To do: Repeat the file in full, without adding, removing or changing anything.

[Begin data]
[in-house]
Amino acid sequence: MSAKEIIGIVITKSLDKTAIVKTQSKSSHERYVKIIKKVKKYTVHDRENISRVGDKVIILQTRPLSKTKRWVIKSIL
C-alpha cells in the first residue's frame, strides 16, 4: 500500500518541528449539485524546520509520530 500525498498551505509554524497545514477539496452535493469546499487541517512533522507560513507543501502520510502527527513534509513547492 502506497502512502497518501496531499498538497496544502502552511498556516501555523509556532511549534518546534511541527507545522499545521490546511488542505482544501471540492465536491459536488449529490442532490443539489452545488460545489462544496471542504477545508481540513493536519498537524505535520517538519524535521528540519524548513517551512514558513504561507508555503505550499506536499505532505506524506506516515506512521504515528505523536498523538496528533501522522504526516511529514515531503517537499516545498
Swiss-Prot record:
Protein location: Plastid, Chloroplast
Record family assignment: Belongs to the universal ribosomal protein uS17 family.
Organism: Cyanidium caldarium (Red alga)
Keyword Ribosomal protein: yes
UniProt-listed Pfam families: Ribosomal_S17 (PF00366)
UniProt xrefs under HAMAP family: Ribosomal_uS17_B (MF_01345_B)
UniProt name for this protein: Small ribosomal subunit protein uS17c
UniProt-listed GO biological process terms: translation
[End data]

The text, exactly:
[in-house]
Amino acid sequence: MSAKEIIGIVITKSLDKTAIVKTQSKSSHERYVKIIKKVKKYTVHDRENISRVGDKVIILQTRPLSKTKRWVIKSIL
C-alpha cells in the first residue's frame, strides 16, 4: 500500500518541528449539485524546520509520530 500525498498551505509554524497545514477539496452535493469546499487541517512533522507560513507543501502520510502527527513534509513547492 502506497502512502497518501496531499498538497496544502502552511498556516501555523509556532511549534518546534511541527507545522499545521490546511488542505482544501471540492465536491459536488449529490442532490443539489452545488460545489462544496471542504477545508481540513493536519498537524505535520517538519524535521528540519524548513517551512514558513504561507508555503505550499506536499505532505506524506506516515506512521504515528505523536498523538496528533501522522504526516511529514515531503517537499516545498
Swiss-Prot record:
Protein location: Plastid, Chloroplast
Record family assignment: Belongs to the universal ribosomal protein uS17 family.
Organism: Cyanidium caldarium (Red alga)
Keyword Ribosomal protein: yes
UniProt-listed Pfam families: Ribosomal_S17 (PF00366)
UniProt xrefs under HAMAP family: Ribosomal_uS17_B (MF_01345_B)
UniProt name for this protein: Small ribosomal subunit protein uS17c
UniProt-listed GO biological process terms: translation